Figure 2. VAS and medical board results. Displayed above is the VAS according to the medical board status for patients over time. The VAS at time of diagnosis (Appointment 1), initial referral to chronic pain management (Appointment 2), initial evaluation at chronic pain management (Appointment 3), follow-up appointment with chronic pain management (Appointment 4), and second follow-up appointment with chronic pain management (Appointment 5) are displayed above. Dots demonstrate outliers greater than or less than 1.5 times the upper and lower quartiles.
Osteology 01 00004 g002
Table 1. Injury Patterns. The injury resulting in CRPS for each patient is displayed below.
Table 1. Injury Patterns. The injury resulting in CRPS for each patient is displayed below.
CaseInjury
1Shoulder AC Joint Arthritis
2Partial Rotator Cuff Tear
3Thumb Ulnar Collateral Ligament Tear
4Forearm Crush and Compartment Syndrome
5Fifth Metacarpal Fracture
6Elbow Lateral Epicondylitis
7Distal Humerus Fracture
8Distal Radius Fracture
9Scaphoid Fracture and Perilunate Dislocation
10Cubital Tunnel Syndrome Surgery for Shrapnel to Shoulder
11Second Phalanx Fracture
12Bilateral Thoracoscopic Sympathectomy
13Traumatic Brachial Plexus Injury and T7 Compression Fracture
14Bilateral Plantar Fasciitis
15Atraumatic Anterior Tibia Pain
16Patellofemoral Chondromalacia
17Stepped on a Sea Urchin
18Atraumatic Right Ankle Pain
19Lateral Ankle Sprain
20L5 Corpectomy and PSF L4-S1
21Exertional Compartment Syndrome
22Cavus Foot Reconstruction
23Lapidus Procedure for Hallux Valgus and Hypermobility
24Foot Pain after Ruck March
25Retrocalcaneal Exostectomy and Debridement of Achilles Tendon
26Base of the Fifth Metatarsal Avulsion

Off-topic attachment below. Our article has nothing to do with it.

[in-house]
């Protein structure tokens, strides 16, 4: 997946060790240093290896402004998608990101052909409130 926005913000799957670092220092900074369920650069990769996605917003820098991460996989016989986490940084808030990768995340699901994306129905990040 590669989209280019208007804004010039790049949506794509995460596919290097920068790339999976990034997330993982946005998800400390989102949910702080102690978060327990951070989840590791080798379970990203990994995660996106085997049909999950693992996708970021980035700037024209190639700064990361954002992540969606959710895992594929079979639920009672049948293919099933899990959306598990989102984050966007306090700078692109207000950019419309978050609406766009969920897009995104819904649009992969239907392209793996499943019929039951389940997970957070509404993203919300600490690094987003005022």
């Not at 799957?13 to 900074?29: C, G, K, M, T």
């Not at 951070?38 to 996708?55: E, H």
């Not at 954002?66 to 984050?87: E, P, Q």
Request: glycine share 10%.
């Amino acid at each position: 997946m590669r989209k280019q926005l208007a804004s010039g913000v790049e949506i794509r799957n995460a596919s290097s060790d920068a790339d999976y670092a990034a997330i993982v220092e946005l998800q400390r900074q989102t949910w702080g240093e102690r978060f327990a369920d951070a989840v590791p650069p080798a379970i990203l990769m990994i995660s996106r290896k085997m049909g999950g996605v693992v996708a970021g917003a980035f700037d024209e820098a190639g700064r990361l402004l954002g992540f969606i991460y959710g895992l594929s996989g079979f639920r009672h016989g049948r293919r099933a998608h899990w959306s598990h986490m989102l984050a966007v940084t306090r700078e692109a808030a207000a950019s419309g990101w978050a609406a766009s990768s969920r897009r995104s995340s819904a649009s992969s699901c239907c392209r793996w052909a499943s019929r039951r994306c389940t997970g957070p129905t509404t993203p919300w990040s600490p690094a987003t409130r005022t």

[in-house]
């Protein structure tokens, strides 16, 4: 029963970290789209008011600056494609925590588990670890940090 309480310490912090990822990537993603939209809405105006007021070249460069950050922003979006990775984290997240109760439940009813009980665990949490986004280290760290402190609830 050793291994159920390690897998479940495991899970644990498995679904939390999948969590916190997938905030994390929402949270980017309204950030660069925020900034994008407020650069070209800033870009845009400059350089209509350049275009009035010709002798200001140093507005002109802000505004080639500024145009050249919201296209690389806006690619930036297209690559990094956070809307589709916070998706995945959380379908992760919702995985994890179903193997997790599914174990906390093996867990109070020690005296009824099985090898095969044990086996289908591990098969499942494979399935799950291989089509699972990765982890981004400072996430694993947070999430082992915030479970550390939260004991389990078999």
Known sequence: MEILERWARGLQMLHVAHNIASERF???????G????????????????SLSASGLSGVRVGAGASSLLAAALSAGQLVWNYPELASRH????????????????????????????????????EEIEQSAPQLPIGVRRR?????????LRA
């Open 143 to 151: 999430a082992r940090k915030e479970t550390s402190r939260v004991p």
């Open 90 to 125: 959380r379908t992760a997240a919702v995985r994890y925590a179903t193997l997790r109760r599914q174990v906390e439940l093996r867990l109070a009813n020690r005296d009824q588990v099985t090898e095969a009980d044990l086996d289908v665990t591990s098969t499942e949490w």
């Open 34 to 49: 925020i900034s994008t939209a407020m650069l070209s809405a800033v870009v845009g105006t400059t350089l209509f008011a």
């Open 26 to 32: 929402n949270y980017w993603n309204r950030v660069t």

Table 2. Time to diagnosis and pain management referral. Time in days from diagnosis to pain management referral, time from injury to diagnosis, and time from injury to pain management referral are displayed below.
Table 2. Time to diagnosis and pain management referral. Time in days from diagnosis to pain management referral, time from injury to diagnosis, and time from injury to pain management referral are displayed below.
PatientTime from Diagnosis to ReferralTime from Injury to DiagnosisTime from Injury to Referral
10686686
29814850
335541964
466054
50613613
6018881888
714144158
80130130
906060
100375375
1166167
1210519124
1305757
143238,64938,617
155040,55240,502
16039,01139,011
17237855
1844238,71239,154
190580580
2010915950
2105656
22154530
2309797
2467367
2554180126
26104359255
Table 3. Compares the occupational outcomes in terms of time differences from injury to diagnosis to referral.
Table 3. Compares the occupational outcomes in terms of time differences from injury to diagnosis to referral.
Remained on Active Duty (Mean ± std Deviation)Medical Release (Mean ± std Deviation)p Value
Diagnosis to referral (days)32 ± 9469 ± 1130.312
Injury to diagnosis (days)135 ± 504256 ± 4950.519
Injury to referral (days)135 ± 505255 ± 4960.521
Table 4. The treatment type and p value for patients that remained on active duty and underwent a medical board are displayed below.
Table 4. The treatment type and p value for patients that remained on active duty and underwent a medical board are displayed below.
All (N = 26)Remained on Active Duty (N = 10)Medical Release (N = 16)p Value
Physical therapy26/2610161
Gabapentin21/268130.657
Chronic narcotics12/262100.042
Acetaminophen11/26470.589
NSAIDs11/26470.589
Topical lidocaine11/26470.589
Stellate ganglion or sympathetic block10/26460.609
Amitripyline9/26360.517
Acupuncture8/26170.081
Peripheral nerve block4/26130.496
Spinal cord stimulator4/26130.496
Duloxetine3/26030.215
Vitamin C1/26100.385